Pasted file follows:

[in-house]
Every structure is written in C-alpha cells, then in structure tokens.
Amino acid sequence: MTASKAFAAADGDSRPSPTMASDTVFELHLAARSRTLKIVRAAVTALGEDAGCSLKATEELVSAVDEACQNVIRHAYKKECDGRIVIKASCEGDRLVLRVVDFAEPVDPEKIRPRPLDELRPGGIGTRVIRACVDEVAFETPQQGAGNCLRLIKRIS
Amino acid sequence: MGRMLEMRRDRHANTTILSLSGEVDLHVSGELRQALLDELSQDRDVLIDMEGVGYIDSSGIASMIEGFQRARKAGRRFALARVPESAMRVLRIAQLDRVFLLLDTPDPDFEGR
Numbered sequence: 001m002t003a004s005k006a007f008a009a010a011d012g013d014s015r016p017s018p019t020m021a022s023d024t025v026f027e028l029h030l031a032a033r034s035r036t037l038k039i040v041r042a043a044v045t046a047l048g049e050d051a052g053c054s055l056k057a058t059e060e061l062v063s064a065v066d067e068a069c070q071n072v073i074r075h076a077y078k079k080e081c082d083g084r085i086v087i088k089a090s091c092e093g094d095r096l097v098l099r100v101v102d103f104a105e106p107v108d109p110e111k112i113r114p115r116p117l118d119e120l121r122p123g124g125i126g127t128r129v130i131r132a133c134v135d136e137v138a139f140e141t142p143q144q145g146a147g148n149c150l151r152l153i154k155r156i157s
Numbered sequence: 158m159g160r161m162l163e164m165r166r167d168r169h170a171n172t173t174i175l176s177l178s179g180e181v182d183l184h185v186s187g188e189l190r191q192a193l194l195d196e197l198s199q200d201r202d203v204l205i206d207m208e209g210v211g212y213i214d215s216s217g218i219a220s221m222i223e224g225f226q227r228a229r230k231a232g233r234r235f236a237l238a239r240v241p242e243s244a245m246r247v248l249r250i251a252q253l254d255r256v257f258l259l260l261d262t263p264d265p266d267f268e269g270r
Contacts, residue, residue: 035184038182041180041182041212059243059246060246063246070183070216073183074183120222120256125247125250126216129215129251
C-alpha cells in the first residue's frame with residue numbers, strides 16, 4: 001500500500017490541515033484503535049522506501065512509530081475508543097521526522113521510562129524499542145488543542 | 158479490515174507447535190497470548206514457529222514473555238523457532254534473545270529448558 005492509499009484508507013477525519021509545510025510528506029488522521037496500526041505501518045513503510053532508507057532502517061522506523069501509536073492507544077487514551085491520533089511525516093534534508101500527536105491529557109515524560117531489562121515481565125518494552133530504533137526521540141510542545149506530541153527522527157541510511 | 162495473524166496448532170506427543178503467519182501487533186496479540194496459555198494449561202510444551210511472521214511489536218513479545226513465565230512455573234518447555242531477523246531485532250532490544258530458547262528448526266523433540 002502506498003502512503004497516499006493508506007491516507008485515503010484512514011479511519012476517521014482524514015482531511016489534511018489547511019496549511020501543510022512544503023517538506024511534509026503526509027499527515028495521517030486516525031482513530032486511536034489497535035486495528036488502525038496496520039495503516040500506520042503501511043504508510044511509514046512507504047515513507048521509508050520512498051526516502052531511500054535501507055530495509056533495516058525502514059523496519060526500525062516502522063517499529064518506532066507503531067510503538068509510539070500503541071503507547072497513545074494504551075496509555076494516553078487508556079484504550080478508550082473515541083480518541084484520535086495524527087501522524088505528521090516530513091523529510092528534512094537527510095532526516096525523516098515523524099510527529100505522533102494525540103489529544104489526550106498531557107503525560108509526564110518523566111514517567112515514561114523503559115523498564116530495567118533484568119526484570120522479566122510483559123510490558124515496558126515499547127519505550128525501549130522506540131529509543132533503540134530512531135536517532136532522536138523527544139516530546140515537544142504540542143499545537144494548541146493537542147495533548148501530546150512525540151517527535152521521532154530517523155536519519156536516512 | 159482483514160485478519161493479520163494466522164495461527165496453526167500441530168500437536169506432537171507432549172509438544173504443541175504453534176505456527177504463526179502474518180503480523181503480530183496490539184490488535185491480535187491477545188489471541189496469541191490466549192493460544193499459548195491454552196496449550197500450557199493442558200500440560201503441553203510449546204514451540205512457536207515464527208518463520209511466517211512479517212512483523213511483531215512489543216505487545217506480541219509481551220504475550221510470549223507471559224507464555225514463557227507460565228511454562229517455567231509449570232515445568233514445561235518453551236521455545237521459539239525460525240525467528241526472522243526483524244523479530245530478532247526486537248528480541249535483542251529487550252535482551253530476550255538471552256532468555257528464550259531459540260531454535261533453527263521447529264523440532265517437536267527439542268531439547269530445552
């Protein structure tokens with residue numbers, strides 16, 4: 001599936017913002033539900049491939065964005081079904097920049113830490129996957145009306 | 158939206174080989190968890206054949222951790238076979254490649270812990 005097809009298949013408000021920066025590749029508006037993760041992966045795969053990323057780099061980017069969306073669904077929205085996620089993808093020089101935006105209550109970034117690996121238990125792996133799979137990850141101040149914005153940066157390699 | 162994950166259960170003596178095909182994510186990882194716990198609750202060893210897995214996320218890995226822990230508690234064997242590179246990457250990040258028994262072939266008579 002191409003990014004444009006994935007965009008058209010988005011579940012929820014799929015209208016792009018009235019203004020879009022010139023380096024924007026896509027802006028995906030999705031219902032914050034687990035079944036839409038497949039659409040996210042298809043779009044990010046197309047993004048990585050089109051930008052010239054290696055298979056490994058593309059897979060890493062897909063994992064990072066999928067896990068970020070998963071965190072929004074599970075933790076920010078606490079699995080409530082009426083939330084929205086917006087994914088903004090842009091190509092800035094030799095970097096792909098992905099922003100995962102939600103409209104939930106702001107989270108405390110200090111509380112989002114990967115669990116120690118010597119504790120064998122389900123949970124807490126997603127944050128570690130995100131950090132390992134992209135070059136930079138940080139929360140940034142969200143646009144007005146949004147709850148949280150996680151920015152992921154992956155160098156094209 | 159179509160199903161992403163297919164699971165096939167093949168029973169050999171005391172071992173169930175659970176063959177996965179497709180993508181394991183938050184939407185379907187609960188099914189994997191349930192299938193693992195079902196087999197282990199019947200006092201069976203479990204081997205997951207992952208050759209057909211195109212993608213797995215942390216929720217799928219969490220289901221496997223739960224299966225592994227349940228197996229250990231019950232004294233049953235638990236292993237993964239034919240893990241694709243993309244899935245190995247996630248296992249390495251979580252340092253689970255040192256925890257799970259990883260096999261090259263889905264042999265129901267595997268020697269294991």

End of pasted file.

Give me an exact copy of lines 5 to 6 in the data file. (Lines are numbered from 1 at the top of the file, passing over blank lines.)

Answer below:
Numbered sequence: 001m002t003a004s005k006a007f008a009a010a011d012g013d014s015r016p017s018p019t020m021a022s023d024t025v026f027e028l029h030l031a032a033r034s035r036t037l038k039i040v041r042a043a044v045t046a047l048g049e050d051a052g053c054s055l056k057a058t059e060e061l062v063s064a065v066d067e068a069c070q071n072v073i074r075h076a077y078k079k080e081c082d083g084r085i086v087i088k089a090s091c092e093g094d095r096l097v098l099r100v101v102d103f104a105e106p107v108d109p110e111k112i113r114p115r116p117l118d119e120l121r122p123g124g125i126g127t128r129v130i131r132a133c134v135d136e137v138a139f140e141t142p143q144q145g146a147g148n149c150l151r152l153i154k155r156i157s
Numbered sequence: 158m159g160r161m162l163e164m165r166r167d168r169h170a171n172t173t174i175l176s177l178s179g180e181v182d183l184h185v186s187g188e189l190r191q192a193l194l195d196e197l198s199q200d201r202d203v204l205i206d207m208e209g210v211g212y213i214d215s216s217g218i219a220s221m222i223e224g225f226q227r228a229r230k231a232g233r234r235f236a237l238a239r240v241p242e243s244a245m246r247v248l249r250i251a252q253l254d255r256v257f258l259l260l261d262t263p264d265p266d267f268e269g270r